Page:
Funny things happen at Christmas. And things not so funny.
One of the best stories at our house is about the year we unloaded a ceiling-high Christmas tree from the roof of our station wagon, heaved it down to the driveway, lugged it across the snowy yard and into the living room, and began to put on the first string of lights when what to our wondrous eyes should appear but two big eyes staring out from between the branches!
It was a baby owl, still standing upright after being knocked around for the better part of an hour and bounced around in various vertical, horizontal and diagonal positions.
This year, a cranky old geezer around the corner from us finally went over to the dark side and beat the air out of his whole string of blow-up reindeers.
Another guy in the neighborhood slipped off his roof while trying to string Chinese icicle lights on the gutter. It’s was a low-riding ranch house, so he made it.
What’s even worse is being that unemployed guy in his freezing front yard trying to get last year’s blinking Jesus from China to light up again this year. Funny, but if we’d just start manufacturing all that Christmas paraphernalia here at home there’d be a better chance that both that guy and the lights would still be working.
Money-wise, the international bottom line for Christmas is that China’s rising military, thanks to being on the receiving end of boatloads of our decorating dollars, has more money to spend in expanding its stock of nuclear-tipped intercontinental ballistic missiles while, simultaneously by way of the START treaty, the nuclear arsenals of the United States and Russia are set to be slashed.
President Obama, spelling out his vision for a no-nukes world via a means wholly consistent with his bias for leveling and redistribution, proclaimed that only the world’s two top dogs will be required to have their arms cut and controlled. "We’re not asking any other countries to do anything," he explained.
That’s not unlike Obama’s goal of hitting "the rich" with higher taxes and more regulations, painting them as greedy and in dire need of external controls, while simultaneously "not asking" nearly half the U.S. population to pay a dime in federal income taxes.
All told, doctors warn that the days immediately after Christmas are the most risky, given the season’s stress. I noticed more swearing and horns blowing at the intersections. My wife always says it’s my fault when she hears a horn, even if I’m just sitting in the yard. I’d say the increased honking is due to an oversupply of miserable people, a pre-existing condition that’s fully disconnected from any of my unorthodox driving maneuvers.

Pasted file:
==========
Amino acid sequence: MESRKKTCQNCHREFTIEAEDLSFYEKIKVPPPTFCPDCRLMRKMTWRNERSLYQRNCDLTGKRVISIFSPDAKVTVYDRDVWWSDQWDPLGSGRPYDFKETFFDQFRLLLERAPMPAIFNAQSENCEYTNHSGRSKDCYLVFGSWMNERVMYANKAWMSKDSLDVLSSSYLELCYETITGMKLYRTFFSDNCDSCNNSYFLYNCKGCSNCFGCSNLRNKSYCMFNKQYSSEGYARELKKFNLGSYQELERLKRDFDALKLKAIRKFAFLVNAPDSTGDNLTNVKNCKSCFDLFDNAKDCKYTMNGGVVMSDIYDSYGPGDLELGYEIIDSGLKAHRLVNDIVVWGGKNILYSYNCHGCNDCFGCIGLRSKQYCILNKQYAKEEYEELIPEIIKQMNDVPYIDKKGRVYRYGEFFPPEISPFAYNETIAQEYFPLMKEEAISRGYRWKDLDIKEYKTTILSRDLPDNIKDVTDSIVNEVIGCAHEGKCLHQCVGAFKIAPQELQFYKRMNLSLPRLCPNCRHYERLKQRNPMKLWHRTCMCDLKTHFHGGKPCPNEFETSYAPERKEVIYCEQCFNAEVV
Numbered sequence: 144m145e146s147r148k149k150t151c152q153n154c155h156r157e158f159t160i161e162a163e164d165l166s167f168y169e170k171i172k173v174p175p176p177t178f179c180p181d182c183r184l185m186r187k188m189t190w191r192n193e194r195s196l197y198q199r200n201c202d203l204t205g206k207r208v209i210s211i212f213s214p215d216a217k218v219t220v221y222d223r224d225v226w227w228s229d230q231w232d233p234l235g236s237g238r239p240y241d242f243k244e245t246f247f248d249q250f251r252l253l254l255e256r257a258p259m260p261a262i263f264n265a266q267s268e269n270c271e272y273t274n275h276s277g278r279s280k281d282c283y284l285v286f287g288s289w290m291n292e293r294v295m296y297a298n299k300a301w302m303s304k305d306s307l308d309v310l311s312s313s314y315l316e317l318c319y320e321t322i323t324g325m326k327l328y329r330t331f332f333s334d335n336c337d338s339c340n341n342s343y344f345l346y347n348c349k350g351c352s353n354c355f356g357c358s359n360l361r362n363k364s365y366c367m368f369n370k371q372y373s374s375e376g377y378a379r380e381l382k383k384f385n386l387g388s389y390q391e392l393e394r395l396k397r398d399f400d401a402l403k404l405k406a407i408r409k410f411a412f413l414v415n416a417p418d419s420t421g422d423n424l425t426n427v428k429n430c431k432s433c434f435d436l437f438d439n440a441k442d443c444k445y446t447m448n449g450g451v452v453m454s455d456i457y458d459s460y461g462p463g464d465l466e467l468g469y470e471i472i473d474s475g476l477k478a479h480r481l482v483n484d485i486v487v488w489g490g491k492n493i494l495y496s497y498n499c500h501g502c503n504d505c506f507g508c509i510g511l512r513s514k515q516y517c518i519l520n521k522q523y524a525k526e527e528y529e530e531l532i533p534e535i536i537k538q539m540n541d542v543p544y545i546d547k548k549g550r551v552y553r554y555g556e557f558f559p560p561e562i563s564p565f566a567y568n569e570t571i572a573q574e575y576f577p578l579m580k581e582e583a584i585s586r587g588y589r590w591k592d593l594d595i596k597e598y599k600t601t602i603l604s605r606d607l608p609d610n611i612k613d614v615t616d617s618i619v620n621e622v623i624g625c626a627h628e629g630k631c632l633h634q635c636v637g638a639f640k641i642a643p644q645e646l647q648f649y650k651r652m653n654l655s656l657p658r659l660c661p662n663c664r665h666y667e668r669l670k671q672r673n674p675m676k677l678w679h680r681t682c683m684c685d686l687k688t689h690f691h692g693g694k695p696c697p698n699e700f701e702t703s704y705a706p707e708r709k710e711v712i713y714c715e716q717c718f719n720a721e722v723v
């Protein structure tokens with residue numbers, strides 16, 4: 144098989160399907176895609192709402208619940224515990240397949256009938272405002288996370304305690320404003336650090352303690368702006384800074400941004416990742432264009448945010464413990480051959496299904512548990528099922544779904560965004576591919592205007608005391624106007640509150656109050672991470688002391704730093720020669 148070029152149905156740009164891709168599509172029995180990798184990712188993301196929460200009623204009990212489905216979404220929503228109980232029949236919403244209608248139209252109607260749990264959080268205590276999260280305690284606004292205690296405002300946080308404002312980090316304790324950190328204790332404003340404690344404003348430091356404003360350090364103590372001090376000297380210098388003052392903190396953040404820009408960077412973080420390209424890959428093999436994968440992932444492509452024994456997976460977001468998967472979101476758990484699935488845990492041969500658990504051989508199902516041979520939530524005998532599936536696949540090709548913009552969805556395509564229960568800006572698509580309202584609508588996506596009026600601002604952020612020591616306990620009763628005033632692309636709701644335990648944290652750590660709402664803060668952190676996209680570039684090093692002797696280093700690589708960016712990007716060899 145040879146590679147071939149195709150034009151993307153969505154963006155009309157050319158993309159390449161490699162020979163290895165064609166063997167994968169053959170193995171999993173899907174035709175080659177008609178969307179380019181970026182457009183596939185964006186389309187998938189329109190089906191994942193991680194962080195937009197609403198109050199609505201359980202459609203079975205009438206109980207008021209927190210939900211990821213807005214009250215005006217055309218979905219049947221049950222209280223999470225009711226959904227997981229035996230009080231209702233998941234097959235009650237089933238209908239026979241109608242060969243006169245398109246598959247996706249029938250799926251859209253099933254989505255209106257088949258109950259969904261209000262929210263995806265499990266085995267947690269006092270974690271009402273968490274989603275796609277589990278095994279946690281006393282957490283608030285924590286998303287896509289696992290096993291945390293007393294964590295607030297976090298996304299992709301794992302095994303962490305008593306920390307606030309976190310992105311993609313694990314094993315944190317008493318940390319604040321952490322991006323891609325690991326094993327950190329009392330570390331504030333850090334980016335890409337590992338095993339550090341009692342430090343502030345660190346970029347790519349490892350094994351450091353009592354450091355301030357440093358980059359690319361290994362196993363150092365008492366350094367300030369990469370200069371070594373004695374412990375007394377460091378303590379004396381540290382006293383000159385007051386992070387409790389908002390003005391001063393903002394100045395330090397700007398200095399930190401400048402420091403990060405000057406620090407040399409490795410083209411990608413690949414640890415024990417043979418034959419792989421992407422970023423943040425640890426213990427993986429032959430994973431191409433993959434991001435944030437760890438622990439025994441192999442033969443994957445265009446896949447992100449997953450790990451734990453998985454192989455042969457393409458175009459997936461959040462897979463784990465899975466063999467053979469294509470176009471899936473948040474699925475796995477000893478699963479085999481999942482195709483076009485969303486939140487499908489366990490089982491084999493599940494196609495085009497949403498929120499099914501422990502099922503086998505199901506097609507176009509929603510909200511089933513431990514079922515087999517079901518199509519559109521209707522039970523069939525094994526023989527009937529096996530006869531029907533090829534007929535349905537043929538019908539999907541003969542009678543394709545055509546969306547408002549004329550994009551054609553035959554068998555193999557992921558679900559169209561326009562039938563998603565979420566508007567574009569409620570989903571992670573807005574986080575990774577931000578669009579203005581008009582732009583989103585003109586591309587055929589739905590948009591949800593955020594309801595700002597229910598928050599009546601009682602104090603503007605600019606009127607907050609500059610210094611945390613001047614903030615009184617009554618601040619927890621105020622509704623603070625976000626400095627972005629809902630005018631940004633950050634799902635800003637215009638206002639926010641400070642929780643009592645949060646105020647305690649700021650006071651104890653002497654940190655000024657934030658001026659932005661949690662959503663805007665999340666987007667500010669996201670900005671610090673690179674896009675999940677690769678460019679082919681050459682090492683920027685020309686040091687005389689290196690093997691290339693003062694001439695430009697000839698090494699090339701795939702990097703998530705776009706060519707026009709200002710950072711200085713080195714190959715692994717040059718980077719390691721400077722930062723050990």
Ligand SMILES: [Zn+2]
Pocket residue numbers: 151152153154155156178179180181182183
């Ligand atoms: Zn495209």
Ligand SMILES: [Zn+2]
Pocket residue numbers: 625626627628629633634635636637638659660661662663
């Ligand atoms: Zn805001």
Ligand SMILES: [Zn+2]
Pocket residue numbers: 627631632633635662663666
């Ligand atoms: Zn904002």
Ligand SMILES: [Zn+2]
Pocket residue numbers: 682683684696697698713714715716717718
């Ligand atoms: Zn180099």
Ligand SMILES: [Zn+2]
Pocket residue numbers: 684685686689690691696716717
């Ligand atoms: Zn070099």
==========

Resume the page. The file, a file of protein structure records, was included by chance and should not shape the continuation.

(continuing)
My favorite story this year at our house is that I was cleaning up for a party and emptied about five pounds of art supplies belonging to my 8-year-old granddaughter, Grace, from the bottom two shelves of our dining room bookcase. "Go through it carefully to see what you might like," I told her, handing over a black garbage bag full of colored sheets of felt, crayons, construction paper, pens, chalk and a couple naked Barbies.
I got a phone call the next day from my daughter-in-law, Lisa. "Did you want to throw away this list?," she asked, referring to something I received via e-mail in 1998 entitled "How would you like to be Bill Clinton’s friend?" It was a three- page list of 45 dead people directly connected with Bill Clinton – murders, alleged suicides, strangely exploding planes with Ron Brown, etc., aboard, a few decapitations, a White House intern killed at Starbucks, everyone from Vince Foster to Ed Willey, Kathleen’s husband, plus 11 dead Clinton bodyguards.
I have no idea how the Clinton murder list ended up in Grace’s art bag. I asked Lisa to put Grace on the phone. "Grace, what do you think of that list?," I inquired. "I think," she said, "it would be scary to be Bill Clinton’s friend."
Ralph R. Reiland is an associate professor of economics at Robert Morris University in Pittsburgh.
Ralph R. Reiland
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